Q: Tell us a little about how you chose a career in education?
A: “I’m a first-generation college student. My parents strongly emphasized hard work, but we never really talked about college. As a child I was actually expelled from school in second grade, but I had a teacher who really poured into me and kept me focused. In high school, I joined ROTC and had an Officer who was very encouraging.
This involvement led to a small scholarship, and I chose to major in political science with the hope of going to law school. Toward the end of my college career, I met a school district recruiter at a job fair. I shared my story with her and she said, ‘You need to consider the field of education because you are proof that your teachers’ commitments made a difference, and you need to do something for the next generation.’ So that week, I signed up for the Praxis and ended up teaching for three years in a critical needs area of South Carolina.”
Q: Wow, that is incredible! How did that transition go?
A: “I stayed for seven years in Lake City, SC and loved every bit of it. I found new ways to work with students and began considering a career in administration. This led me to the University of South Carolina for my master’s degree.”
Q: Share a little about your experience in our educational administration program?
A: “The foundation this program laid prepared me and motivated me for administration. It was incredibly practical. The program was hands-on, and I use things I learned every day. The biggest thing I took away was that I learned from professors and my fellow students. I still keep in touch with some of my classmates today.
After the program, I got a job at the middle school I attended as assistant principal. It was pretty neat to work with teachers that taught me. I went on to become an elementary principal and have now served for eight years as Clover High School principal.”
Q: What was it like to learn that you are South Carolina’s Principal of the Year?
A: “It was shocking! I was spending the day at the district office, and I got a call that I needed to return to the school immediately. So many things were running through my mind. When I arrived at the school, they brought me to the auditorium where the senior class and my family was waiting. It was quite the range of emotions.”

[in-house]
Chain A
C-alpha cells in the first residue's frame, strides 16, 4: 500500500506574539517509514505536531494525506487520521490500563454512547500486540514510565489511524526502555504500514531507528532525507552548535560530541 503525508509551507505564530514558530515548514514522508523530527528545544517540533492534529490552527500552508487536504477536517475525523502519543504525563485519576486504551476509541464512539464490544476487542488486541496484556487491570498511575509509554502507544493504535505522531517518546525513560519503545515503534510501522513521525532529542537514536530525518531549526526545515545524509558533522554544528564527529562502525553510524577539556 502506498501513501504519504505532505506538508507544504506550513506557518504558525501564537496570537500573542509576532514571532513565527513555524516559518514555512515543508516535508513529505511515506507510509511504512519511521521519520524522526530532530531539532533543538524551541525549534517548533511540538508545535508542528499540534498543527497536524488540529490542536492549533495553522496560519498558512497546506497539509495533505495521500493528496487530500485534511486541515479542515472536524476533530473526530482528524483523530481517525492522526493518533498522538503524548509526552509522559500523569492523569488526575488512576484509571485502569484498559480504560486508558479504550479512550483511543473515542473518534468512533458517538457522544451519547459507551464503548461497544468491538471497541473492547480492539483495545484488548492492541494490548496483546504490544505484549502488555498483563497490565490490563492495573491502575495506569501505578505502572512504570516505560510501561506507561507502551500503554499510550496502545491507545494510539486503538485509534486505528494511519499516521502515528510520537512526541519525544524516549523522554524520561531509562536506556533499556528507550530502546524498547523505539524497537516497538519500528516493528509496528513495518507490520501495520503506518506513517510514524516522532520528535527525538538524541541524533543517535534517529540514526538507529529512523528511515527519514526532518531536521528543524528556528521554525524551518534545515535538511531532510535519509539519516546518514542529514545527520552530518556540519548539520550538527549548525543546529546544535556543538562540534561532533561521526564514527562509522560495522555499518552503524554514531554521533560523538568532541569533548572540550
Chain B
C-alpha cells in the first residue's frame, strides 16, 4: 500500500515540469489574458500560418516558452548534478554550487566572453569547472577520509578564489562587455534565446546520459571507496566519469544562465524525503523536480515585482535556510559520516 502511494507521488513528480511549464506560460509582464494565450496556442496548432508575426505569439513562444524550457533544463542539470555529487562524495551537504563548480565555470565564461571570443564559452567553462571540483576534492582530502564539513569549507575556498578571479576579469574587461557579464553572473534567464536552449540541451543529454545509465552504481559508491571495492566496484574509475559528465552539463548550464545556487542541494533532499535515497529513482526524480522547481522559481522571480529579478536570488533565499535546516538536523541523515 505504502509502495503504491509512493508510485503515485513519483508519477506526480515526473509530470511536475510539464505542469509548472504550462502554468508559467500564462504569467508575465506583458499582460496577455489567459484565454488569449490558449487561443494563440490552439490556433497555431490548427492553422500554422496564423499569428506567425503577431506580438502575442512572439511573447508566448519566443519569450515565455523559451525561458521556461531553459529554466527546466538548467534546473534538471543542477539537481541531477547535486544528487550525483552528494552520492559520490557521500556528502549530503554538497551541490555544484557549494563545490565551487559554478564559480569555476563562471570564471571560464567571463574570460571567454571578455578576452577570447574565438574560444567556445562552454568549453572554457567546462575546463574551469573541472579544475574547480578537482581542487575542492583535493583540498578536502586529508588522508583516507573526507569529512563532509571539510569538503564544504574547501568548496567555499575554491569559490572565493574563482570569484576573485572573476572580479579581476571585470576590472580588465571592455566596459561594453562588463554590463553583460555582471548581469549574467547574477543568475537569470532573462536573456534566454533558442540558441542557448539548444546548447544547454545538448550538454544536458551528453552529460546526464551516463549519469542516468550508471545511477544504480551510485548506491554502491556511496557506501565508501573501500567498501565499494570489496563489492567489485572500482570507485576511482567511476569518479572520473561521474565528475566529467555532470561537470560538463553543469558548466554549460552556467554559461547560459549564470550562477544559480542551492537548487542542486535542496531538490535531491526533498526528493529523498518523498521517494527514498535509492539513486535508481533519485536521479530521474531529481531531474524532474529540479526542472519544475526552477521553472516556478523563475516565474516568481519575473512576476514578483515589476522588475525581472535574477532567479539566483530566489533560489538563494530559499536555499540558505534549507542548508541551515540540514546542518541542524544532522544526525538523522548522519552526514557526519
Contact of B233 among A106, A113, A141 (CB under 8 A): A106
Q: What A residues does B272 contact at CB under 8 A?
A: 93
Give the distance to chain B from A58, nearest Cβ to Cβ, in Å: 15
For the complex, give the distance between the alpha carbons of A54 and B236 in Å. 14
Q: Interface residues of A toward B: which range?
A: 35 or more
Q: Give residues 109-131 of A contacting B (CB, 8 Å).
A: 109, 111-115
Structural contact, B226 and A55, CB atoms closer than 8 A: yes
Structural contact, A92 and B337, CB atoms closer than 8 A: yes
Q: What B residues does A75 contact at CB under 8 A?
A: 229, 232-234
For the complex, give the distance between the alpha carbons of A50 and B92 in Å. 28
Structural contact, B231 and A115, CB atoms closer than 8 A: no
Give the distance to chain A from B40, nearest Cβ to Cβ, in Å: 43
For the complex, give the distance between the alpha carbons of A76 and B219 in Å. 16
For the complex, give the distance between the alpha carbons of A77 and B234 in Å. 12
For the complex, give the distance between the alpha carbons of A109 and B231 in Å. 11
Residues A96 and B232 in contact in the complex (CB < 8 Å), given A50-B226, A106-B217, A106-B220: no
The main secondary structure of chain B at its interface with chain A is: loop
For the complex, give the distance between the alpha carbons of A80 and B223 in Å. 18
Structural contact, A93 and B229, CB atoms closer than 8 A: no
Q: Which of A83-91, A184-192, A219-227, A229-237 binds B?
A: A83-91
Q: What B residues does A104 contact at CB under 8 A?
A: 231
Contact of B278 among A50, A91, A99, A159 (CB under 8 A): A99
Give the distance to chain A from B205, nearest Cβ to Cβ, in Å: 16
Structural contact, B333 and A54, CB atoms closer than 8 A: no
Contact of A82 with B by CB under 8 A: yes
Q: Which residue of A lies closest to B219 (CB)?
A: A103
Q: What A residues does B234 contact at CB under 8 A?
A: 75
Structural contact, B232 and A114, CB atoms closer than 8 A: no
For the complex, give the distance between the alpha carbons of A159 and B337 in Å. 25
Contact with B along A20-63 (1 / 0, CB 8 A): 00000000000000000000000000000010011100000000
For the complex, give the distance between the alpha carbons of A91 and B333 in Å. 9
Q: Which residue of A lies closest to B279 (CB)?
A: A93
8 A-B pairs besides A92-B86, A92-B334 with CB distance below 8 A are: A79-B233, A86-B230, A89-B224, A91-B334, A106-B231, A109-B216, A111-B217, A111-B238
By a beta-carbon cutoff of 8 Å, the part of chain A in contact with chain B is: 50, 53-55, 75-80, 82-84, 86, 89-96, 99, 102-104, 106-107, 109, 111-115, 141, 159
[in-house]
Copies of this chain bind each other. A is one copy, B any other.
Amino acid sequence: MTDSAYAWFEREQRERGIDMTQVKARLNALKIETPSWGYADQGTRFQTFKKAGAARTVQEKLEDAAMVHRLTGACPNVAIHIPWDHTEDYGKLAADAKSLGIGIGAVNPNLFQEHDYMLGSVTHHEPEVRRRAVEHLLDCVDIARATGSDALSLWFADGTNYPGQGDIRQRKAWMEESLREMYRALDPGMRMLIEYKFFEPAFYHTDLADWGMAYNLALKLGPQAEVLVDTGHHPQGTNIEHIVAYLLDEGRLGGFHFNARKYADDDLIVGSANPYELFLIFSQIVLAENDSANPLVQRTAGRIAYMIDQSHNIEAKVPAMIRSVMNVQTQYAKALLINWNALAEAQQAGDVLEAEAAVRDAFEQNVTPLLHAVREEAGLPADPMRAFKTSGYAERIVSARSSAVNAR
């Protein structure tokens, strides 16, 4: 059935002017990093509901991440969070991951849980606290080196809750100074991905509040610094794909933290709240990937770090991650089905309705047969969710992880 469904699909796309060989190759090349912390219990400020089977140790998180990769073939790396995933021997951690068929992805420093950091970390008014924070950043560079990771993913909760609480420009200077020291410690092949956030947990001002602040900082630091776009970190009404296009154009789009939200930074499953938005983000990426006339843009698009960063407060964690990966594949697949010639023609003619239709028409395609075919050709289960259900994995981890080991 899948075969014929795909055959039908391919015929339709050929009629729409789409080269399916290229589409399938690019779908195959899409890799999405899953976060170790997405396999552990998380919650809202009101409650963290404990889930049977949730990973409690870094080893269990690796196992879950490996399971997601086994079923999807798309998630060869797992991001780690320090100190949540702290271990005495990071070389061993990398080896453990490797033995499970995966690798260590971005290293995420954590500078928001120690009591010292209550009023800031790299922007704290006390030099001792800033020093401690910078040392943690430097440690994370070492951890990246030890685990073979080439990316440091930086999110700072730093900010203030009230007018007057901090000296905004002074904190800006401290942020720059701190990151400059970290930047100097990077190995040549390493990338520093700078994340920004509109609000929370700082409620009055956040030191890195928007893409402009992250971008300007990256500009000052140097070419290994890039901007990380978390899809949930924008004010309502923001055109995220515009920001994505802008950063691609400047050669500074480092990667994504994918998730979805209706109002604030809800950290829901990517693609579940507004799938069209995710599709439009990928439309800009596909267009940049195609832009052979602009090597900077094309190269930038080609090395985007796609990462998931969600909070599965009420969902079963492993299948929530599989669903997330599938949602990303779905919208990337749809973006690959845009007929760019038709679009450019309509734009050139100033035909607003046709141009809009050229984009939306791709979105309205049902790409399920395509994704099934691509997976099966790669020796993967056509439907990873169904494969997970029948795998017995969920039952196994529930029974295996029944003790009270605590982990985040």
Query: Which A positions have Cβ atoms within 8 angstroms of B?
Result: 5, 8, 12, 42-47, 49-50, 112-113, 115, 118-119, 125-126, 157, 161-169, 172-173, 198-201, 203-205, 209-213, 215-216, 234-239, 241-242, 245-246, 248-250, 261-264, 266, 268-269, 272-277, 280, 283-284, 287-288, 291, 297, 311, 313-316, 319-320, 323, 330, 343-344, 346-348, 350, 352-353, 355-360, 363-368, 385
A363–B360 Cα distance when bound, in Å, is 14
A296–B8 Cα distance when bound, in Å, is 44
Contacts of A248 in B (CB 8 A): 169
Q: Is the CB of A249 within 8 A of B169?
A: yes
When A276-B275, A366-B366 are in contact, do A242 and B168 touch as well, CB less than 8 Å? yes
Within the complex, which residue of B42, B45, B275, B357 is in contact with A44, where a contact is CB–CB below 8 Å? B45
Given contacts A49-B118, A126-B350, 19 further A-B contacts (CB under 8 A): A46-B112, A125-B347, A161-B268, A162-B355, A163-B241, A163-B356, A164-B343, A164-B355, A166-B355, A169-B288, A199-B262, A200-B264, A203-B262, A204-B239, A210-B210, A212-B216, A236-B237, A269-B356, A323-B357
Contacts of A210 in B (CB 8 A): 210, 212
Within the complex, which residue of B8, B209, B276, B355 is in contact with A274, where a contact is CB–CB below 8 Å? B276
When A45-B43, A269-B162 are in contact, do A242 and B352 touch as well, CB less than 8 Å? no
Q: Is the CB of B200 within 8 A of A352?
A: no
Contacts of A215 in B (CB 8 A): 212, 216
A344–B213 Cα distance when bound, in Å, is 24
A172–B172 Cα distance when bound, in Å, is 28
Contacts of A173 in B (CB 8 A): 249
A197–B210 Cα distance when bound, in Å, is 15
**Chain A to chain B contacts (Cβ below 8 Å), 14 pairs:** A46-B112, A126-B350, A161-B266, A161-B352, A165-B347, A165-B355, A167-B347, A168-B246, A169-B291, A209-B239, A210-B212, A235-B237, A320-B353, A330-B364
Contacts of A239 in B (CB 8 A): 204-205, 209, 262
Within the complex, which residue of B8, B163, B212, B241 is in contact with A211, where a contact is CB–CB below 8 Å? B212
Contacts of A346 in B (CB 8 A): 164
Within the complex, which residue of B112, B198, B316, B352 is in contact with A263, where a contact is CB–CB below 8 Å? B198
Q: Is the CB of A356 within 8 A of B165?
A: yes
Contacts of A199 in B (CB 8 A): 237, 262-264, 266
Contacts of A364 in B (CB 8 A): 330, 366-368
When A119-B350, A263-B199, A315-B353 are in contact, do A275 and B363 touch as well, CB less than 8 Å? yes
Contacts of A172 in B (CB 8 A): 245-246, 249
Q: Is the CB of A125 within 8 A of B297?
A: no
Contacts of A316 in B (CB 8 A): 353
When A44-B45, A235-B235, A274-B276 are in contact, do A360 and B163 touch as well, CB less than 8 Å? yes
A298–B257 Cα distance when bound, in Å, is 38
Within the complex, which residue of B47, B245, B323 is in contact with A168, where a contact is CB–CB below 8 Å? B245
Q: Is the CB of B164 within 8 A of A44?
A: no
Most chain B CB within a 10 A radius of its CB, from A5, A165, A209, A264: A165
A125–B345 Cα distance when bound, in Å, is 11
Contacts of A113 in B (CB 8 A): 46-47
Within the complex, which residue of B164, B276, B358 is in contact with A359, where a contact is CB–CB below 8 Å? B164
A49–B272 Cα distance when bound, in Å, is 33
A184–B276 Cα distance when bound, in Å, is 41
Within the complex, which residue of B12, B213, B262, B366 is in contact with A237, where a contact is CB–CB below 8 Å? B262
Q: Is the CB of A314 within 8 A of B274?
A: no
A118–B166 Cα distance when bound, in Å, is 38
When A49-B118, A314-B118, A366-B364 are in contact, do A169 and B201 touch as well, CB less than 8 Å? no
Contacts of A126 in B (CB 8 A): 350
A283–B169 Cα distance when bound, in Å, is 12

Q: What does it mean for you and your school to receive this award?
A: “The recognition is not for me. Every time they put my name on anything related to this award, they put my school name after it. My hope is to shine a light on all the great things we are doing. I want people to ask, ‘What’s different about Clover High School?’ and come here to see. Our staff and students are courageous, and to me, Clover High School is the Principal of the Year.”
Q: What are some of the things that make Clover High School different?
A: “Our support structures. We posted our highest graduation rate during the pandemic at 96 percent. This is all due to our incredible support system. Every student in our school is assigned to a team with an administrator, a school counselor, a social worker and a mental health counselor. This group meets weekly to talk about their assigned students. This individual attention is given to 2,700 students, and that is the key ingredient to our success. We also have a range of opportunities that fit a wide variety of our students. We have the largest ROTC unit on the east coast for the Air Force. We have certified 94 future pilots over the last 4 years. Our fine arts programs and clubs are amazing — we even have a Dungeons and Dragons club. We’ve given our students the ability to start clubs within their interests and these opportunities make us unique.”
Q: This is amazing! Tell us how that support structure got started?
A: “I went to a leadership conference around five years ago and saw something like that at a middle school level. This system involves the parents, students and administrators. Some parts of it are grant funded, including substance-abuse and mental health counselors based on our campus. These layers of support are critical for our students.”
Q: Thank you for your time, is there anything else you would like to share with your fellow alumni?
A: “Thank you for recognizing our school and the work we are trying to do here. I know you aren’t fully prepared until you’re in the thick of it. But, I truly feel that my coursework and time at USC gave me a wonderful foundation for where I am today.”
The South Carolina Association of School Administrators (SCASA) annually honors three of our state’s principals in secondary, middle and elementary education. More information on SCASA and their award process can be found at scasa.org.